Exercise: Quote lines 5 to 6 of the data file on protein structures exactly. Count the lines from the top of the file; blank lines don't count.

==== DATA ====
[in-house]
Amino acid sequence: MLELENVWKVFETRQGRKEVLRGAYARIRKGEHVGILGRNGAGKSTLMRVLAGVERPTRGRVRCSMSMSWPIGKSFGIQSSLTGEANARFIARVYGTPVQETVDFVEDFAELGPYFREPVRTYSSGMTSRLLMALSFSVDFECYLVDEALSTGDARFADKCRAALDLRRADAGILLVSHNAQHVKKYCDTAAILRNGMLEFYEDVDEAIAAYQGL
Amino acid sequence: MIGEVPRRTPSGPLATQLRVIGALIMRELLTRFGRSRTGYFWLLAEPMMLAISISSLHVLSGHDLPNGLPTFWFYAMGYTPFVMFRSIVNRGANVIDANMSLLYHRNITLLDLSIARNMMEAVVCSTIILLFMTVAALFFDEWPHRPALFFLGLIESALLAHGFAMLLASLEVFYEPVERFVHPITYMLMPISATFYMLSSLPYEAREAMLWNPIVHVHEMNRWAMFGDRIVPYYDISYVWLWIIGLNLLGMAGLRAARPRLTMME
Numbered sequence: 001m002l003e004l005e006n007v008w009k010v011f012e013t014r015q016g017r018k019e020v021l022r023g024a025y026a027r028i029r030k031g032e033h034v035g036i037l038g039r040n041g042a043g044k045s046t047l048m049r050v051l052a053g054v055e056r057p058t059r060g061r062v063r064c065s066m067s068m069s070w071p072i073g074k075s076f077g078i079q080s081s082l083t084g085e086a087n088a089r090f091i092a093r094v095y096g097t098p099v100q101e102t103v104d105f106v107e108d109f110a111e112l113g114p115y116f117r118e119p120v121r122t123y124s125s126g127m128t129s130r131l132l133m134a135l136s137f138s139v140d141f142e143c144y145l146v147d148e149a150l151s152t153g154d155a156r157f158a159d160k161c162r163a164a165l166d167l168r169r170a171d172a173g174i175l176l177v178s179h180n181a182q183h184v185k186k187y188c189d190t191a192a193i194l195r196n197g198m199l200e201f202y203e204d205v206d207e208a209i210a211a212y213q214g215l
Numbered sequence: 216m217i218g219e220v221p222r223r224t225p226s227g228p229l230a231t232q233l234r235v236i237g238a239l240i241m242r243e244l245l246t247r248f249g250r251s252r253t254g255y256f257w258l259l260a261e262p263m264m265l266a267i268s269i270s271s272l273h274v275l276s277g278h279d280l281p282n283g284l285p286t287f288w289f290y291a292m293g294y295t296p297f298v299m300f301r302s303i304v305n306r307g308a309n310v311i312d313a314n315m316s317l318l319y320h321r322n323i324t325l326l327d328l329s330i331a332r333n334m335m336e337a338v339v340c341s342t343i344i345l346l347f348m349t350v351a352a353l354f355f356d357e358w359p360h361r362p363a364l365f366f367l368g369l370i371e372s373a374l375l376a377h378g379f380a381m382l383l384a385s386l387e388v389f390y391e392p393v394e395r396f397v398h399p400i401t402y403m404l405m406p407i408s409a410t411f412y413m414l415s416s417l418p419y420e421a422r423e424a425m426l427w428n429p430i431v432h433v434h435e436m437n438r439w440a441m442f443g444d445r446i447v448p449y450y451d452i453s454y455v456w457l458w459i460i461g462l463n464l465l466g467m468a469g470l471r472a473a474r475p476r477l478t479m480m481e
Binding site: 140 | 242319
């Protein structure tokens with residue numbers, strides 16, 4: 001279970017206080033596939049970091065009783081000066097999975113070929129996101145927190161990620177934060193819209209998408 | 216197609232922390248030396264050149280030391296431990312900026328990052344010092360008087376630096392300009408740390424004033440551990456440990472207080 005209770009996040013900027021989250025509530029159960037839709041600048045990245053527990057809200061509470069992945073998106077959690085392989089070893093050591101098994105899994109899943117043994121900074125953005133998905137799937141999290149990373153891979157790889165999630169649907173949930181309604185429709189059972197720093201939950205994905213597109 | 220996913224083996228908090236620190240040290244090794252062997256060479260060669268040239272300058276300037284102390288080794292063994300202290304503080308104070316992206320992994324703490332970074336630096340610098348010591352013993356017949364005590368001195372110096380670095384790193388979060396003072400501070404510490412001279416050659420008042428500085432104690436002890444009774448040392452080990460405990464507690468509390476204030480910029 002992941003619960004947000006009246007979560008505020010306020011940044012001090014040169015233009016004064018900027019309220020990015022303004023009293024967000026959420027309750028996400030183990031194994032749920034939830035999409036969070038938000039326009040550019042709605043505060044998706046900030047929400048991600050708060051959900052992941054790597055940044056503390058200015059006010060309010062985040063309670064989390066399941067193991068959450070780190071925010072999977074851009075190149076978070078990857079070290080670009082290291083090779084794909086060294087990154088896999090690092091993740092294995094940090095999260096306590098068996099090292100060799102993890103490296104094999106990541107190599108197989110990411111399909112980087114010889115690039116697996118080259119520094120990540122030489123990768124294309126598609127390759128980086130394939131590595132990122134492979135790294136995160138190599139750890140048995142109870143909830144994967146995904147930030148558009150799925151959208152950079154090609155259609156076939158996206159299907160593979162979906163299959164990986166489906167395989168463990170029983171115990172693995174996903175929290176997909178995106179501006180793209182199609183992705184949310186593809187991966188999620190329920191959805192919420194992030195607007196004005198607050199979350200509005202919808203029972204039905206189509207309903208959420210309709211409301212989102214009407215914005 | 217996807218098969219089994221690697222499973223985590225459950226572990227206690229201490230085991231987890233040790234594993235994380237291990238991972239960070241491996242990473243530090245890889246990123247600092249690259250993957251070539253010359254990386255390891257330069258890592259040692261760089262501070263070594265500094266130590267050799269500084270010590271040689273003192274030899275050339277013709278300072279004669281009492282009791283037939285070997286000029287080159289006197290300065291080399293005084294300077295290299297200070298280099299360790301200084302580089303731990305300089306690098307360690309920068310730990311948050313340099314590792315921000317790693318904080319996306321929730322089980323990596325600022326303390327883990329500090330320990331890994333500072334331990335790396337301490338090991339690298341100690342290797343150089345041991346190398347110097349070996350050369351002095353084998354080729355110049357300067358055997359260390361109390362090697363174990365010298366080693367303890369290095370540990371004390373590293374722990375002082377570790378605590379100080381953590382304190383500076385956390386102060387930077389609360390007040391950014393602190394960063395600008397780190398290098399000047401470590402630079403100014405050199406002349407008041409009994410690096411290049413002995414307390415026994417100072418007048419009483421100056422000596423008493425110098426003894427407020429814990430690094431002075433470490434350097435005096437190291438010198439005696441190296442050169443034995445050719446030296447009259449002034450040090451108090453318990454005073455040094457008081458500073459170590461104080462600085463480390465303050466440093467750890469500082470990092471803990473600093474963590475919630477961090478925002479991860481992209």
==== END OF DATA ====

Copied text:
Numbered sequence: 216m217i218g219e220v221p222r223r224t225p226s227g228p229l230a231t232q233l234r235v236i237g238a239l240i241m242r243e244l245l246t247r248f249g250r251s252r253t254g255y256f257w258l259l260a261e262p263m264m265l266a267i268s269i270s271s272l273h274v275l276s277g278h279d280l281p282n283g284l285p286t287f288w289f290y291a292m293g294y295t296p297f298v299m300f301r302s303i304v305n306r307g308a309n310v311i312d313a314n315m316s317l318l319y320h321r322n323i324t325l326l327d328l329s330i331a332r333n334m335m336e337a338v339v340c341s342t343i344i345l346l347f348m349t350v351a352a353l354f355f356d357e358w359p360h361r362p363a364l365f366f367l368g369l370i371e372s373a374l375l376a377h378g379f380a381m382l383l384a385s386l387e388v389f390y391e392p393v394e395r396f397v398h399p400i401t402y403m404l405m406p407i408s409a410t411f412y413m414l415s416s417l418p419y420e421a422r423e424a425m426l427w428n429p430i431v432h433v434h435e436m437n438r439w440a441m442f443g444d445r446i447v448p449y450y451d452i453s454y455v456w457l458w459i460i461g462l463n464l465l466g467m468a469g470l471r472a473a474r475p476r477l478t479m480m481e
Binding site: 140 | 242319